2) As mentioned, multi-display set-ups like EyeFinity or Nvidia Surround. They'll use up ~3x the VRAM as a single monitor and with increased AA requirements, that quickly adds up. In these instances, a 7950/7970 would shine over last-gen parts with less VRAM and bandwidth.

    3) 3D. 1080p isn't that demanding anymore, but 1080p in 3D is roughly double the rendering requirements but puts an even greater emphasis on maintaining 60FPS minimums. Its really quite demanding and an area more GPU horsepower is always welcome, even with SLI/CF configs.

    But yes, other than these niche areas there's probably not too much reason to upgrade at this point, especially when these offerings don't really shift the price/performance/value bar at all.
    Reply
  • kashifme21 - Tuesday, January 31, 2012 - link

    Well from personal experience i have GTX 580 in SLI. Both the cards have 1.5gb memory.

    I game at a resolution of 5760*1080. Unless i shift the AA to some crazy setting like 8x AA, my VRAM generally isnt a bottleneck.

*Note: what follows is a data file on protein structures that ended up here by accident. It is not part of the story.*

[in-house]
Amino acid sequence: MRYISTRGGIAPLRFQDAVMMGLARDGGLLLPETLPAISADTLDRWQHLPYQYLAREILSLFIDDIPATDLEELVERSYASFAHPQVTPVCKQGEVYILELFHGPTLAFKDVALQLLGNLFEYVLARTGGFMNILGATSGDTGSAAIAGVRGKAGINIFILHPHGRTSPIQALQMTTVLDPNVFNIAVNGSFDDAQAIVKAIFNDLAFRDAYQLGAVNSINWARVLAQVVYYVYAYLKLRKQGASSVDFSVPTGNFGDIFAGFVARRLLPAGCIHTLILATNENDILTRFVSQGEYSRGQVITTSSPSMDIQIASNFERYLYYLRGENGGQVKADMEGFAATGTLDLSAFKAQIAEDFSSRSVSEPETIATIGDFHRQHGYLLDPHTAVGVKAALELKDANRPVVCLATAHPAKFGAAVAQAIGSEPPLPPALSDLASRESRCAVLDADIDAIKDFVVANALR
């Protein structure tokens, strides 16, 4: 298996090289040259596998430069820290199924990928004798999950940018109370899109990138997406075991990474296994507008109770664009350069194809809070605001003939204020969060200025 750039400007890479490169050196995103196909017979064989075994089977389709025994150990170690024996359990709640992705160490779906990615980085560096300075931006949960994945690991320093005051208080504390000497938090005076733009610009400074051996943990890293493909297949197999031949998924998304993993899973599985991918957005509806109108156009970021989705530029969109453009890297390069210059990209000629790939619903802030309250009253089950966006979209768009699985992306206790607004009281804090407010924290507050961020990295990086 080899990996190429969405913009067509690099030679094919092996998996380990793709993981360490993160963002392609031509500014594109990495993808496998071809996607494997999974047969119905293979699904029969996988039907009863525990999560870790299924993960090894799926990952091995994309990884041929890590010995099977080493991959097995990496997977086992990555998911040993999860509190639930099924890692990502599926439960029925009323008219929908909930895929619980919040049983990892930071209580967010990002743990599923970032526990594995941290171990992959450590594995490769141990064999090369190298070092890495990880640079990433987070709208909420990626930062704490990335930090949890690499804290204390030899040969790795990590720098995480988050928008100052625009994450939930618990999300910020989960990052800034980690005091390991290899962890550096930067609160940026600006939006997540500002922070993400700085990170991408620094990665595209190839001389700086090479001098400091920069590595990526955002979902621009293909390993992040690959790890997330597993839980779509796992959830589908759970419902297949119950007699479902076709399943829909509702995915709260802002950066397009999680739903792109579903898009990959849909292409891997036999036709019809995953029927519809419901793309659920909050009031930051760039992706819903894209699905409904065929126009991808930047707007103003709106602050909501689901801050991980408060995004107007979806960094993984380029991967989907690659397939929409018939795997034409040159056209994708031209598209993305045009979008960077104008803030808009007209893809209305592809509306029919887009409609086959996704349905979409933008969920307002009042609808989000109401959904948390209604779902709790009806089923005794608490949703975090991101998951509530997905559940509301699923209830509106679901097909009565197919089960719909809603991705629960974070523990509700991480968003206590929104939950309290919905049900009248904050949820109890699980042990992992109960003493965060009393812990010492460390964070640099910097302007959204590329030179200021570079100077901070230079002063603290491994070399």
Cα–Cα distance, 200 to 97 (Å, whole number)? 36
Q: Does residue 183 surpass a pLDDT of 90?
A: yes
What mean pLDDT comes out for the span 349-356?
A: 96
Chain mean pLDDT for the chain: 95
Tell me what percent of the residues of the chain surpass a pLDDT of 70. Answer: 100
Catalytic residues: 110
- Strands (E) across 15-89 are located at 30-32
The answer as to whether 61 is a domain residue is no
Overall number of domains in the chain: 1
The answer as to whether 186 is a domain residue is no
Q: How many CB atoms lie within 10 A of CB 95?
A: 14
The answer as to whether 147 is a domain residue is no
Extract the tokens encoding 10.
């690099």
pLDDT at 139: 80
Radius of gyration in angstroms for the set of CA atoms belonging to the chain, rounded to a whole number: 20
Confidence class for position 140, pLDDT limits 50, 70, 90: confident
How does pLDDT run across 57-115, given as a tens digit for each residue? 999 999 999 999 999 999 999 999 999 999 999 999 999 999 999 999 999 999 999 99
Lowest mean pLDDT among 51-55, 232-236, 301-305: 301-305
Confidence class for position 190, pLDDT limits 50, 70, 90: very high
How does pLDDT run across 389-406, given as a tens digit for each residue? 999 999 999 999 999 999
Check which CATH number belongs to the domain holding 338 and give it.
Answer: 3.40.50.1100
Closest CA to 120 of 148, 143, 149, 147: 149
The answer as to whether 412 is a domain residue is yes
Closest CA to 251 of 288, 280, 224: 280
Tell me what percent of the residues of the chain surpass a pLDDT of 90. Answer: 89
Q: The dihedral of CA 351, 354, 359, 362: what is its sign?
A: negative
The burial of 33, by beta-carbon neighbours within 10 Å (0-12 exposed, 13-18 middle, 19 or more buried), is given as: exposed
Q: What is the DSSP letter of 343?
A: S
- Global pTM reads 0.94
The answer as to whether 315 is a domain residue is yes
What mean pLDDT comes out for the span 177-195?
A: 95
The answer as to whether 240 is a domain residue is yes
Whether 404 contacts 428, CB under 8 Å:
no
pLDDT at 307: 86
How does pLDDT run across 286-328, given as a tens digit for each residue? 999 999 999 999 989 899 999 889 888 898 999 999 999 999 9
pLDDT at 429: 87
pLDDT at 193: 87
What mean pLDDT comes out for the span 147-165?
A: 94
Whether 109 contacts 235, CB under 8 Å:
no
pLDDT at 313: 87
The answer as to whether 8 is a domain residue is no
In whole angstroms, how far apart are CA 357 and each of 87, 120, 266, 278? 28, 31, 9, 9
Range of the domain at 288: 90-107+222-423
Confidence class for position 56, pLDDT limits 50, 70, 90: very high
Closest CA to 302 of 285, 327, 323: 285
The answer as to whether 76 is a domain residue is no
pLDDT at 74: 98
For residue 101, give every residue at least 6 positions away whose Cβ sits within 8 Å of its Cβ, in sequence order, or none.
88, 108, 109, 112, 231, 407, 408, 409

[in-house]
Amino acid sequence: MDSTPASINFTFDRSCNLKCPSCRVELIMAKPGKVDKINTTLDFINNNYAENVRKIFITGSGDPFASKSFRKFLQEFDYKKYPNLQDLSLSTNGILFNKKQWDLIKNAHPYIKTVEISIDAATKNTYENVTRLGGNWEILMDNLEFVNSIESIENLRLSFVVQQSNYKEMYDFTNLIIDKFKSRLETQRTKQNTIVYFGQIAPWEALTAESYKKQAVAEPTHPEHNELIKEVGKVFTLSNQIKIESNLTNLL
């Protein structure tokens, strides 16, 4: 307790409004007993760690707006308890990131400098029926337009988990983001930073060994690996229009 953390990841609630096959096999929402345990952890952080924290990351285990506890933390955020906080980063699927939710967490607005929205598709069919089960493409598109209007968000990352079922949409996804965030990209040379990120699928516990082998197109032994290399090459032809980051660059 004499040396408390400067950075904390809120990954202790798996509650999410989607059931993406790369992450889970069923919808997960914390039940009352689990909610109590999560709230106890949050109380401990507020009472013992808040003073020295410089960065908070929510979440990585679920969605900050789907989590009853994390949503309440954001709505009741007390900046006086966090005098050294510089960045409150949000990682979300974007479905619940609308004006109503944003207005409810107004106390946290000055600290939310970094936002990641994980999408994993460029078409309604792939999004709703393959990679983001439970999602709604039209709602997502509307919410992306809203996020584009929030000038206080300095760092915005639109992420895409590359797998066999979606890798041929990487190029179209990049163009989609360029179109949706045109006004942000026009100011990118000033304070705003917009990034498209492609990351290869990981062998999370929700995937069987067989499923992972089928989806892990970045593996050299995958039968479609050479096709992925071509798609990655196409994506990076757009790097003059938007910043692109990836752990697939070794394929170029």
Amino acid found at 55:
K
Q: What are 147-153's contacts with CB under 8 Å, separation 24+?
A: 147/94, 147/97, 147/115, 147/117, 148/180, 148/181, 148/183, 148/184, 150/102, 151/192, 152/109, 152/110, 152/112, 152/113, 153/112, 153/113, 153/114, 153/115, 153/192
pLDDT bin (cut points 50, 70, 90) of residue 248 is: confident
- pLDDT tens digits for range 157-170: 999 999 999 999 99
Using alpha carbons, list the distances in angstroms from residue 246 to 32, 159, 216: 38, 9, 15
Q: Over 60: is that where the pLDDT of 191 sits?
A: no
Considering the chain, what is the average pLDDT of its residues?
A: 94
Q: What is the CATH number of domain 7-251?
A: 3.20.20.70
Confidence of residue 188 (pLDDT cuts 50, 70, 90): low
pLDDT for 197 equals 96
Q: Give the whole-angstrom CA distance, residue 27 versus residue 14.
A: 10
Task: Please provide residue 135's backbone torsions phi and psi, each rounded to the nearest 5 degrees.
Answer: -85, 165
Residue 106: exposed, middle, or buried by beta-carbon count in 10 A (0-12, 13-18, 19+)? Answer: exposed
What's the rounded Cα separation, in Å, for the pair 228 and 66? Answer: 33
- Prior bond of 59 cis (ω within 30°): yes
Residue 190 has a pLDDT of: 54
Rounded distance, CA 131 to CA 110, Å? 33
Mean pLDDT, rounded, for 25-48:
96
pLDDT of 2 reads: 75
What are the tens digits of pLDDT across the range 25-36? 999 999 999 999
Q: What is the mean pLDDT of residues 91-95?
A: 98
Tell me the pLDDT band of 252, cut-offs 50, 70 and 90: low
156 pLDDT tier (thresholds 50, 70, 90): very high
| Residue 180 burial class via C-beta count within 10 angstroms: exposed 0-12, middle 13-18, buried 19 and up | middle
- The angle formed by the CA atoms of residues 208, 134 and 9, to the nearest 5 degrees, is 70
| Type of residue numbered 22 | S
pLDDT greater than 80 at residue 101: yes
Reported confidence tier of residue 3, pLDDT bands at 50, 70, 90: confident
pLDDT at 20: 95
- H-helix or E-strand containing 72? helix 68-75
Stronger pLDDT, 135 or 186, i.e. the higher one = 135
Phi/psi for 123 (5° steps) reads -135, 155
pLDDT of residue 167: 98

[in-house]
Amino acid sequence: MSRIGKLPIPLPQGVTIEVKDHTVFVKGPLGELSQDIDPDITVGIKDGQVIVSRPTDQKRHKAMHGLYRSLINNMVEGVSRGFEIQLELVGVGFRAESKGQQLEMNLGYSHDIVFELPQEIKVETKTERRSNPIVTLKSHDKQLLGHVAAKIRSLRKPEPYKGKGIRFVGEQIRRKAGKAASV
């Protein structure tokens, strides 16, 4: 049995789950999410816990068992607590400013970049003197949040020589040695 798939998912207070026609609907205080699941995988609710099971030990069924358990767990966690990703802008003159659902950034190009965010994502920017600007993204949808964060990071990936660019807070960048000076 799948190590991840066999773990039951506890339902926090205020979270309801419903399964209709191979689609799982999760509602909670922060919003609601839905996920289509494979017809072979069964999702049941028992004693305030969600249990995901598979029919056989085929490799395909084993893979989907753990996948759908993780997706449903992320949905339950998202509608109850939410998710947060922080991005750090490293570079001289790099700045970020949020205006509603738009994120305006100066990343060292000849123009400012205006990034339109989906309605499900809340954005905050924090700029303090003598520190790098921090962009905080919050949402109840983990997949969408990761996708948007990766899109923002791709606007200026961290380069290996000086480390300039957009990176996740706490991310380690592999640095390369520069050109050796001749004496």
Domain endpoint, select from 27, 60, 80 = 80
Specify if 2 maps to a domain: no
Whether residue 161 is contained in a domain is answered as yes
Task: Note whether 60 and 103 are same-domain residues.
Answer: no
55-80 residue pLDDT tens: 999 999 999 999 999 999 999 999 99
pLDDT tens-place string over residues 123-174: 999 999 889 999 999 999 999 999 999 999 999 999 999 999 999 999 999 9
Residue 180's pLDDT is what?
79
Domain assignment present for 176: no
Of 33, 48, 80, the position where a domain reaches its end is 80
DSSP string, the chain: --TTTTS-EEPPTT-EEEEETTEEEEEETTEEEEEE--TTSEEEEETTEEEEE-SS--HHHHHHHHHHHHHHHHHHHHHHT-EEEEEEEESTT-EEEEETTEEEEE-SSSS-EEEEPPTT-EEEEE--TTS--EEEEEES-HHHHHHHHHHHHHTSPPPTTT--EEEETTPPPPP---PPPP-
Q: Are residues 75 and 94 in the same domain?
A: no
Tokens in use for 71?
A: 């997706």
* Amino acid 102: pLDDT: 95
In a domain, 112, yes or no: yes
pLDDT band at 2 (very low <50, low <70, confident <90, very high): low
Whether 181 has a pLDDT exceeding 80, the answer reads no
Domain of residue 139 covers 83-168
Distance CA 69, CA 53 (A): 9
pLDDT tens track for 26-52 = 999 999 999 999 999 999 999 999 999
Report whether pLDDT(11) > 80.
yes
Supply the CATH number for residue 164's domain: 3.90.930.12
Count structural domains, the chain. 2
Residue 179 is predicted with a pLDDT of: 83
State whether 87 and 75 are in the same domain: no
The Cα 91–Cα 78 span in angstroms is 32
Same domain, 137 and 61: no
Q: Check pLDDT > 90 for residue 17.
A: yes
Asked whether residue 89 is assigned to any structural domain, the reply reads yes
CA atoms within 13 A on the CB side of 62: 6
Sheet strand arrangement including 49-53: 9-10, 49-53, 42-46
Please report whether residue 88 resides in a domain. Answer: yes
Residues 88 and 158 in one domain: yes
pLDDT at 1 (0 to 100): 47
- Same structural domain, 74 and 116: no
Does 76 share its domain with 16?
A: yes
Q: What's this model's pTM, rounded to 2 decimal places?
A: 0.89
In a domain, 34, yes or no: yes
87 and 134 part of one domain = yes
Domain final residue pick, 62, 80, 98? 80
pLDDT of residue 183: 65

I am currently playing a game like Skyrim at 5760*1080. Maxed out settings with 4X AA, FXAA & 4xTRAA

    My game is mostly running locked at 60fps, sometimes in towns it does drop down to 45fps, however otherwise the experience is quite smooth.

    Hence i would disagree that VRAM really is a limitation even at insanely high resolutions, 1.5GB Vram is pretty dam good.

    Now with the next consoles only expected to be sporting GPUS like 6670, i wonder how Nvidia and AMD intend to keep both markets alive.

    At one hand they support console gaming which doesnt really bring them too many chips a year and it will eventually cause PC gamers to stop upgrading. The business model looks like its going to axe their own feet.
    Reply